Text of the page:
As the year drew to a close, the boys down at the podcast factory had some guests on to talk about playtesting. (Episode 95 ) In that episode, the idea of collecting data about games played came up. In some other podcasts, as the year has closed out, discussions of data collection about games played also came up. Then the year end happened, resolutions get covered, pledged, railed against, and more. In order to maintain a resolution, you have to remember not only that you need to do it, but that you did it. So again, we have data collection as a theme. It seems to be quite the time to talk about the idea in the hobby masses.
Personally, I love data. Simple as that. I find the insights and “oh, really?” moments you get from parsing through collected information about a subject to be really interesting. This leads to a love of info-graphics, but that tidbit isn’t as needed today. Today, we’re going to talk about data collection in your hobby life. A simple thing, but something that can be neat to see at the end of your collection cycle. Besides, most gamers are nerds on some level, right? We love numbers and dice and “mathhammer”. Why not apply that to more aspects of the hobby, but, ya know, in a meaningful way.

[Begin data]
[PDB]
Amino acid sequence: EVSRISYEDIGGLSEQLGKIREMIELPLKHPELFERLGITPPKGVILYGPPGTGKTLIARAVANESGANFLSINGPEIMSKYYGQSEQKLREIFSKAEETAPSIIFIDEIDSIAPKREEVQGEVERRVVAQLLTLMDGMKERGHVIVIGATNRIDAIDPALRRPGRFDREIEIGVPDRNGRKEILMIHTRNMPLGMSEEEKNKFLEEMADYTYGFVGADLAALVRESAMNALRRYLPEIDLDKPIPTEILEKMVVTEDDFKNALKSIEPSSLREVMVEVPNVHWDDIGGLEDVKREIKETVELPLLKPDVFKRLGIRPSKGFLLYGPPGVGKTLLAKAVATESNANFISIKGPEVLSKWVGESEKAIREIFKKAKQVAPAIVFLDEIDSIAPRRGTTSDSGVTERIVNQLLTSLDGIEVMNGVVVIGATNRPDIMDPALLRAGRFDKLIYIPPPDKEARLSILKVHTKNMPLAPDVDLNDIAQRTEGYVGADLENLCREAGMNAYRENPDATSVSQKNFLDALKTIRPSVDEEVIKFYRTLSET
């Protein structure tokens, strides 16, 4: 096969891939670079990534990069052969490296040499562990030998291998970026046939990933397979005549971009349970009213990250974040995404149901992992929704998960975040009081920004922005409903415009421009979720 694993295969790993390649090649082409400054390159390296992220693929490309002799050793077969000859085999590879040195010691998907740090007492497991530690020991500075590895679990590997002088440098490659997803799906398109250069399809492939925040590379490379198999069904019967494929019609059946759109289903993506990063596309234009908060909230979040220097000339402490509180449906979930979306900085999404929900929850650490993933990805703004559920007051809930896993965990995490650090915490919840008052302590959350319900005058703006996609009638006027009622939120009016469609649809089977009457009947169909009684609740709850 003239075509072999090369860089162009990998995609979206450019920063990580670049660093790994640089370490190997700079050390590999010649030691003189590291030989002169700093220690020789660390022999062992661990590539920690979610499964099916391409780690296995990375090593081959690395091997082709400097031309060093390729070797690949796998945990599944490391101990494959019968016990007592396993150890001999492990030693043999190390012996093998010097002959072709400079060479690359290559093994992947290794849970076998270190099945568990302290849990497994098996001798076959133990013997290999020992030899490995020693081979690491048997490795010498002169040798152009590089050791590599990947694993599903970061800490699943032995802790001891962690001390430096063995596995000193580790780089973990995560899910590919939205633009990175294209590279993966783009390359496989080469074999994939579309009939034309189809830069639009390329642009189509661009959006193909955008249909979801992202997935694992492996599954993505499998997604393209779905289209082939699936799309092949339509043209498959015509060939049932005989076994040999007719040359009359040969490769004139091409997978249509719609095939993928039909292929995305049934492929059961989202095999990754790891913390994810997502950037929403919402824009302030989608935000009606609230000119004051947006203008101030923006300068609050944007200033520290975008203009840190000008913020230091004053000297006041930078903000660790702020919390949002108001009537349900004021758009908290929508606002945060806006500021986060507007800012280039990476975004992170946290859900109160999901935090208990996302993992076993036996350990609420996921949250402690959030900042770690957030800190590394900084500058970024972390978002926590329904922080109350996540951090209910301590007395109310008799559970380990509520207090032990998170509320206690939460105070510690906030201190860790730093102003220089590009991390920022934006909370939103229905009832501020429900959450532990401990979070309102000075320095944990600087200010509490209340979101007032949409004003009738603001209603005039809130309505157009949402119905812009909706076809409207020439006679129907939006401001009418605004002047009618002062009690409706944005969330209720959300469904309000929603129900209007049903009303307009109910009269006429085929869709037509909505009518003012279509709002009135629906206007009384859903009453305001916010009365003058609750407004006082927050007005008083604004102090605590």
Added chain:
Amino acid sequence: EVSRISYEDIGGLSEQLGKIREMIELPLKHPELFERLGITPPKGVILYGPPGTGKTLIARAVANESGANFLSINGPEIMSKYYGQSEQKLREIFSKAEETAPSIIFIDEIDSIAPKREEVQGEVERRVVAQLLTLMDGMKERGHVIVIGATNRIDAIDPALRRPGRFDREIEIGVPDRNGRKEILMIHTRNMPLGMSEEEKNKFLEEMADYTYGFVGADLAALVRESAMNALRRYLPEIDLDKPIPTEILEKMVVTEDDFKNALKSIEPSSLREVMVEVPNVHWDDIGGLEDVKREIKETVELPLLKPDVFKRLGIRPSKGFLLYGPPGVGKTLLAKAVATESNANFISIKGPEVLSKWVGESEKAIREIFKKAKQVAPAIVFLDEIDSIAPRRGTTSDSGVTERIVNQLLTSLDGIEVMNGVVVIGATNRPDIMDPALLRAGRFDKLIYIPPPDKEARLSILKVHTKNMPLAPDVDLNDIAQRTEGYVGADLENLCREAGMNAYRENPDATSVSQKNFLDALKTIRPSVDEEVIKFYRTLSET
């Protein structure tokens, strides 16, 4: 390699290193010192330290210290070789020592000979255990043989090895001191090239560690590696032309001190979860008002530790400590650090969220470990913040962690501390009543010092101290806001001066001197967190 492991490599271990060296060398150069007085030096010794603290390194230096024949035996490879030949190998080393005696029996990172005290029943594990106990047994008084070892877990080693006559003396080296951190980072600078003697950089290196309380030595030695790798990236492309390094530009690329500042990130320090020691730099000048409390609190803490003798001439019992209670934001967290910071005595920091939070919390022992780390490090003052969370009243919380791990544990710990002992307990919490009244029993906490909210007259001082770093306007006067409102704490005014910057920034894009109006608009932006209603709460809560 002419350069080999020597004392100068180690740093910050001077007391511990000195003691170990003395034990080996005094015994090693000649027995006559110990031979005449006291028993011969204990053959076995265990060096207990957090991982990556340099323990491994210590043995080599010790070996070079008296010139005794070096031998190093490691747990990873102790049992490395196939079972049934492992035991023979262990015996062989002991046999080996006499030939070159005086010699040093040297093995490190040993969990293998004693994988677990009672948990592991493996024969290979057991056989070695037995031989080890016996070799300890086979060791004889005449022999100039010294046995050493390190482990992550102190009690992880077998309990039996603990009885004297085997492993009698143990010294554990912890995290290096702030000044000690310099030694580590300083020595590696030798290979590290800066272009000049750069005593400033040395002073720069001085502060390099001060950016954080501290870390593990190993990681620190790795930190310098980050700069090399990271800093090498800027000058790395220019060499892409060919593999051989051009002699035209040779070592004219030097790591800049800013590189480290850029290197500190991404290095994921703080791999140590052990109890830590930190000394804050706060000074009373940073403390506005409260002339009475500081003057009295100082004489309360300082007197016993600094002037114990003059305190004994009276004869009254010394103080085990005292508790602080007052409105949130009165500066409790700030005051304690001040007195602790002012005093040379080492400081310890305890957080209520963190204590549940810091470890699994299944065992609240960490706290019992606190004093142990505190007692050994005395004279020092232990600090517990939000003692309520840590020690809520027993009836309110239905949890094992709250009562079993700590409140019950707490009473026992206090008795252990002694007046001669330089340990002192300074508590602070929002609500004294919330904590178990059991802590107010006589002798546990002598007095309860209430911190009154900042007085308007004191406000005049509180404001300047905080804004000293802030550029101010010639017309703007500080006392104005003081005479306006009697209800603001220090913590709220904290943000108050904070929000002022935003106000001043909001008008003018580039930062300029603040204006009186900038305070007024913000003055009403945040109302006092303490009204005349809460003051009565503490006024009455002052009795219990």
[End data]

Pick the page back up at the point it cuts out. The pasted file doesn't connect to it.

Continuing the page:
What to collect
Over the past few years, I’ve been keeping records of my hobby time. This past year was no different. I kept track of hobby time spent in my little corner of the house. I did not track anything outside of that. I kept it fairly simple: Instances where I painted, Instances where I built or assembled models, Instances where I made bases, the number of finished models, and the dates these things all happen. In the past, I only tracked painted models, so this was a bit of a step up in complexity. I did not track time when I only primed a model as that doesn’t feel like it takes enough time to be considered effort.
This year, I’m increasing the complexity yet again. I’m taking the opportunity to track:
- Number of Painted Models
- Instances I painted
- Instances I assembled
- Instances I played
For each of these, I’m tracking the Game and the Faction as well. This way, I can review later and see what game got the most attention, which faction I played the most, and which models I painted more. I think over time, this could be a neat set to compare with. Did I play Faction A because it was already painted? Did I play Faction B even though it wasn’t painted? Did I focus on one game or did I spread out among many? In the future, what will that look like? Will I see a slow decline of a specific system?
If you want to start collecting data, you need to know what you want to know. You could certainly just start tracking things and seeing what happens. However, you may find you lack certain details because you didn’t think to track them, or you may have unnecessary information that was tedious to collect.
How to Collect it
Personally, I used a Google Sheets document. This way I can modify it on my phone, my tablet, at work, at home, anywhere. This leads to less “Oops, I forgot I did that.” You can certainly change it up though.